Gulls return to ancestors’ pond


It’s amazing what you can learn from looking at old maps about the area’s wildlife of yesteryear.

On an old Ordnance Survey map of the Selkirk area, I noticed a pond near the town called Pickmaw Moss.

The name derived from the old name for the black-headed gull, which must have nested there in good numbers for the pond to be called after the birds.

As far back as I can remember, these gulls never nested there, until recently, when it looks as though history is about to repeat itself. This year, around 25 pairs have decided to nest there once again.

Black-headed gulls seem to be fickle in their nesting habits, choosing to nest in large colonies at the same site for years, then without warning, move off to pastures new.

Bemersyde Moss near St Boswells is a prime example. Once, it was the largest nesting colony in Scotland with an incredible 15,000 pairs of breeding birds turning up every year, then suddenly for no apparent reason, they departed and so far have not returned in any great numbers.

The bird itself is a bit of an enigma. For a start it doesn’t have a black head – it is in fact chocolate brown and for most of the year it is white and only turns brown during the breeding season. It is also not a “seagull” as it is most commonly found inland.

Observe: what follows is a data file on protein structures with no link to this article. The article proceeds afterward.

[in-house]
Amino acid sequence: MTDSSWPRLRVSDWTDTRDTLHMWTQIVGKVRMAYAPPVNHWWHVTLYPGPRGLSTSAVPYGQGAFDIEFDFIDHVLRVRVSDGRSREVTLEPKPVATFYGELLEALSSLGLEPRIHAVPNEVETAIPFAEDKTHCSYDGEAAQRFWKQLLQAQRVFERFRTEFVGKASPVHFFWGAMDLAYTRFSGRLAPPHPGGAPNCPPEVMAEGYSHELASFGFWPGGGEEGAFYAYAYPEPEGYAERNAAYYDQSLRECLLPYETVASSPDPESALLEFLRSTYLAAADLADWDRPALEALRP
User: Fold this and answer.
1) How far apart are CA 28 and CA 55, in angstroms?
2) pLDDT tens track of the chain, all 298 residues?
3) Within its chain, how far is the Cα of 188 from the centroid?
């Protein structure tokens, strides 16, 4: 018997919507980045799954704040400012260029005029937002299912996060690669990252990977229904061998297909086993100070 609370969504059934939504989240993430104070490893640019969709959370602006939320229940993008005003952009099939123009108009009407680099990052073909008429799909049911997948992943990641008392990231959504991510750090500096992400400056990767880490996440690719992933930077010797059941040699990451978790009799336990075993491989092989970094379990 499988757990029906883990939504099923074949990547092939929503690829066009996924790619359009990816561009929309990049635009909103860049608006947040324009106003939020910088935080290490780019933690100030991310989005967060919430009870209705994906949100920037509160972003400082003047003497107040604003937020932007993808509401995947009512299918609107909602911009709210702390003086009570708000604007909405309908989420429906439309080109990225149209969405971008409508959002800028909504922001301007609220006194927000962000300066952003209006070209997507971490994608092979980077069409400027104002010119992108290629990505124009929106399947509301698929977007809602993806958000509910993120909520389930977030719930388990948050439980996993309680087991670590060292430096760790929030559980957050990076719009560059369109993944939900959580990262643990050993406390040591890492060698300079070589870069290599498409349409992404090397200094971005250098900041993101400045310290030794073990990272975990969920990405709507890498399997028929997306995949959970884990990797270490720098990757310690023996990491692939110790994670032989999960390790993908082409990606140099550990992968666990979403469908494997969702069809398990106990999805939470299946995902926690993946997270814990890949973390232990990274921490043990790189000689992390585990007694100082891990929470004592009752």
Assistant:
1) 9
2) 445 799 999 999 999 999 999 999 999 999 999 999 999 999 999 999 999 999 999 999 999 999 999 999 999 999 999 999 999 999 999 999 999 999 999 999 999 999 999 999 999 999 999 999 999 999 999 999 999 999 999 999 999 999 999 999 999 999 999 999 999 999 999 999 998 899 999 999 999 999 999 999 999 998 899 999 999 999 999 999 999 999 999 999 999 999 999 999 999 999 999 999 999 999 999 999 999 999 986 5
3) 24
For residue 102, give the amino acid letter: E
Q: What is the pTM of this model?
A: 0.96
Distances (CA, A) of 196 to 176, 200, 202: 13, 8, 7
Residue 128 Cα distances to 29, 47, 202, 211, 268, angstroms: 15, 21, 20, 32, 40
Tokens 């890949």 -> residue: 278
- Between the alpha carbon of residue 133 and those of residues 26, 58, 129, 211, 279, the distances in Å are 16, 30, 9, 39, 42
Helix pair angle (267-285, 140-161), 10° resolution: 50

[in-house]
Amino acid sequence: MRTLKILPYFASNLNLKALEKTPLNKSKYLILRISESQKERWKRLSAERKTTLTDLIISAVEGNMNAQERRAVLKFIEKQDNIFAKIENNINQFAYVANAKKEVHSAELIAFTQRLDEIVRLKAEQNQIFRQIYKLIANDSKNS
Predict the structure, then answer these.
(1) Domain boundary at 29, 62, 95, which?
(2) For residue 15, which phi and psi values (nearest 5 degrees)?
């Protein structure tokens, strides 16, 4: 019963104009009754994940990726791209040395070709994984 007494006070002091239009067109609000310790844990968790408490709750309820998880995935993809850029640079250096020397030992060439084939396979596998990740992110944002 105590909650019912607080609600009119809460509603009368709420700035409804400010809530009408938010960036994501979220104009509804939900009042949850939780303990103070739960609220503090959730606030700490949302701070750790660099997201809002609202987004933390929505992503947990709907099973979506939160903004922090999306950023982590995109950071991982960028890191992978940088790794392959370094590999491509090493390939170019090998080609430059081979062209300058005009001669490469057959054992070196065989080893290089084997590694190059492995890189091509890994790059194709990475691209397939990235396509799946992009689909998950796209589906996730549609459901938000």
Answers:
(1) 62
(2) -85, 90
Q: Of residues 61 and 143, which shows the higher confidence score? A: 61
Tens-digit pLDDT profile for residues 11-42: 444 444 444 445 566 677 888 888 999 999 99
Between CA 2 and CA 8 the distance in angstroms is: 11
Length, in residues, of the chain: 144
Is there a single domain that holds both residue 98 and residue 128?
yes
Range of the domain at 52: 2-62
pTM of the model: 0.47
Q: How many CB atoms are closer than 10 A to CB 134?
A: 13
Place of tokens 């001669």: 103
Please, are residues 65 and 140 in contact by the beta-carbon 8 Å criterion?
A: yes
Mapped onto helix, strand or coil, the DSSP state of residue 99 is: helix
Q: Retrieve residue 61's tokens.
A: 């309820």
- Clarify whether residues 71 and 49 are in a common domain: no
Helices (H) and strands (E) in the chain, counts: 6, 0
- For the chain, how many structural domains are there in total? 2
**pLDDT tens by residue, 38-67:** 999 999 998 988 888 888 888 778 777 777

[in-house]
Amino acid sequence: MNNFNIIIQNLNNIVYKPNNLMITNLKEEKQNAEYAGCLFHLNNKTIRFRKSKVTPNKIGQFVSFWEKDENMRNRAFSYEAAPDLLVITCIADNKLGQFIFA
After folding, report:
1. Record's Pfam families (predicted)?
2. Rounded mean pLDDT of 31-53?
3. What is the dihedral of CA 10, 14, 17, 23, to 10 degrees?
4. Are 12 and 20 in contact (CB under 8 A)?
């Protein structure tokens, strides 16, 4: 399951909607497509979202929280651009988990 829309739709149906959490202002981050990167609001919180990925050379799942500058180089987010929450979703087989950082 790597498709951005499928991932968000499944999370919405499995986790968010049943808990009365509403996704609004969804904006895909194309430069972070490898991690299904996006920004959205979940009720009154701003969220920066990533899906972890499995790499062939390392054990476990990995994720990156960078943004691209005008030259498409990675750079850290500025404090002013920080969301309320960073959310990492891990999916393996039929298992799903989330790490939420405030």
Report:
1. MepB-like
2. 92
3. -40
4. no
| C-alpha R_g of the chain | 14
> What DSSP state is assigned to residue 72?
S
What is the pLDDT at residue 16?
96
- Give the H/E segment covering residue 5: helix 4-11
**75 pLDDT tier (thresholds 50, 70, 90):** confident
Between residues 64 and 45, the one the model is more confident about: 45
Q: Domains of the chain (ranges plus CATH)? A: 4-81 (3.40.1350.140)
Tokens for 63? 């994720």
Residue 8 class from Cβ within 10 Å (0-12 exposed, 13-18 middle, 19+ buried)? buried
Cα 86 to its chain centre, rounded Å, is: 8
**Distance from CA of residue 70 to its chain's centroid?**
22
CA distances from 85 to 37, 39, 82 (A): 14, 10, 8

One of the most graceful and agile of the gull clan, it is seen at its best when hawking for newly-hatched flying insects above our rivers in early summer. It is equally at home following the plough to pounce on disturbed worms or scavenging on rubbish tips and at the very bottom of the food chain it can be seen in sewage farms eating what can only be imagined!

Despite some disgusting feeding habits, the pickmaw always seems to be in pristine condition. Here’s a tip for all you Bear Grylls enthusiasts who like to use nature to tell them about their environment. If you want to know which way the wind is blowing, black-headed gulls usually stand or swim with their heads into the wind.

With the Borders once holding around 13.5 per cent of the British population, it will be interesting to see in the next published atlas of Borders breeding birds, how this amazingly adaptable bird is now faring after all its recent comings and goings.